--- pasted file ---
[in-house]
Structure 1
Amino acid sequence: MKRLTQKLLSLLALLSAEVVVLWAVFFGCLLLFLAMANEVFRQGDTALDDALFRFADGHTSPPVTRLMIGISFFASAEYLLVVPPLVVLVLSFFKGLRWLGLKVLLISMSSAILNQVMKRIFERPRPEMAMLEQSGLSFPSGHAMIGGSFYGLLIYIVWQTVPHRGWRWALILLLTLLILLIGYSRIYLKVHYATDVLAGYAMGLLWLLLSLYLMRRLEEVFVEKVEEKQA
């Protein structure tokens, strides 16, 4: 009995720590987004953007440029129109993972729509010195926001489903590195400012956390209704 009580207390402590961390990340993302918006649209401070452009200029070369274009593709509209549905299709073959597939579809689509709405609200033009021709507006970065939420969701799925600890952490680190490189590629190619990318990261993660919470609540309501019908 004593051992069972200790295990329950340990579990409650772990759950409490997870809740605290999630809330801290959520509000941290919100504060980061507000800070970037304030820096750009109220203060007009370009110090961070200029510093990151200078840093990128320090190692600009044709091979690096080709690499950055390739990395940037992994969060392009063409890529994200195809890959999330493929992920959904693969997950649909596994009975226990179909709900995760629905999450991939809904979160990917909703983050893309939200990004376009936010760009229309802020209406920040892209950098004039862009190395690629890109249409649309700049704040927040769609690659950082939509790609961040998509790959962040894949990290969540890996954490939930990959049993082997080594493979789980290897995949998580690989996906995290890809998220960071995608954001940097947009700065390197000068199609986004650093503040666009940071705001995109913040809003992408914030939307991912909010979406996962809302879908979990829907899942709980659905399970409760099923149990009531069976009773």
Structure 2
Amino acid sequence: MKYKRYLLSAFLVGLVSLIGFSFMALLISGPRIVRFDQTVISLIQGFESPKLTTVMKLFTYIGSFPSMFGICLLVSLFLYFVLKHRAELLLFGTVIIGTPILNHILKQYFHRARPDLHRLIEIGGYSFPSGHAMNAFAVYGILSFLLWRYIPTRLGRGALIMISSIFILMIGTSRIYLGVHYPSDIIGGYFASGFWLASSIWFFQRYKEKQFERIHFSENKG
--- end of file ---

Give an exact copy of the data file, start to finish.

[in-house]
Structure 1
Amino acid sequence: MKRLTQKLLSLLALLSAEVVVLWAVFFGCLLLFLAMANEVFRQGDTALDDALFRFADGHTSPPVTRLMIGISFFASAEYLLVVPPLVVLVLSFFKGLRWLGLKVLLISMSSAILNQVMKRIFERPRPEMAMLEQSGLSFPSGHAMIGGSFYGLLIYIVWQTVPHRGWRWALILLLTLLILLIGYSRIYLKVHYATDVLAGYAMGLLWLLLSLYLMRRLEEVFVEKVEEKQA
């Protein structure tokens, strides 16, 4: 009995720590987004953007440029129109993972729509010195926001489903590195400012956390209704 009580207390402590961390990340993302918006649209401070452009200029070369274009593709509209549905299709073959597939579809689509709405609200033009021709507006970065939420969701799925600890952490680190490189590629190619990318990261993660919470609540309501019908 004593051992069972200790295990329950340990579990409650772990759950409490997870809740605290999630809330801290959520509000941290919100504060980061507000800070970037304030820096750009109220203060007009370009110090961070200029510093990151200078840093990128320090190692600009044709091979690096080709690499950055390739990395940037992994969060392009063409890529994200195809890959999330493929992920959904693969997950649909596994009975226990179909709900995760629905999450991939809904979160990917909703983050893309939200990004376009936010760009229309802020209406920040892209950098004039862009190395690629890109249409649309700049704040927040769609690659950082939509790609961040998509790959962040894949990290969540890996954490939930990959049993082997080594493979789980290897995949998580690989996906995290890809998220960071995608954001940097947009700065390197000068199609986004650093503040666009940071705001995109913040809003992408914030939307991912909010979406996962809302879908979990829907899942709980659905399970409760099923149990009531069976009773």
Structure 2
Amino acid sequence: MKYKRYLLSAFLVGLVSLIGFSFMALLISGPRIVRFDQTVISLIQGFESPKLTTVMKLFTYIGSFPSMFGICLLVSLFLYFVLKHRAELLLFGTVIIGTPILNHILKQYFHRARPDLHRLIEIGGYSFPSGHAMNAFAVYGILSFLLWRYIPTRLGRGALIMISSIFILMIGTSRIYLGVHYPSDIIGGYFASGFWLASSIWFFQRYKEKQFERIHFSENKG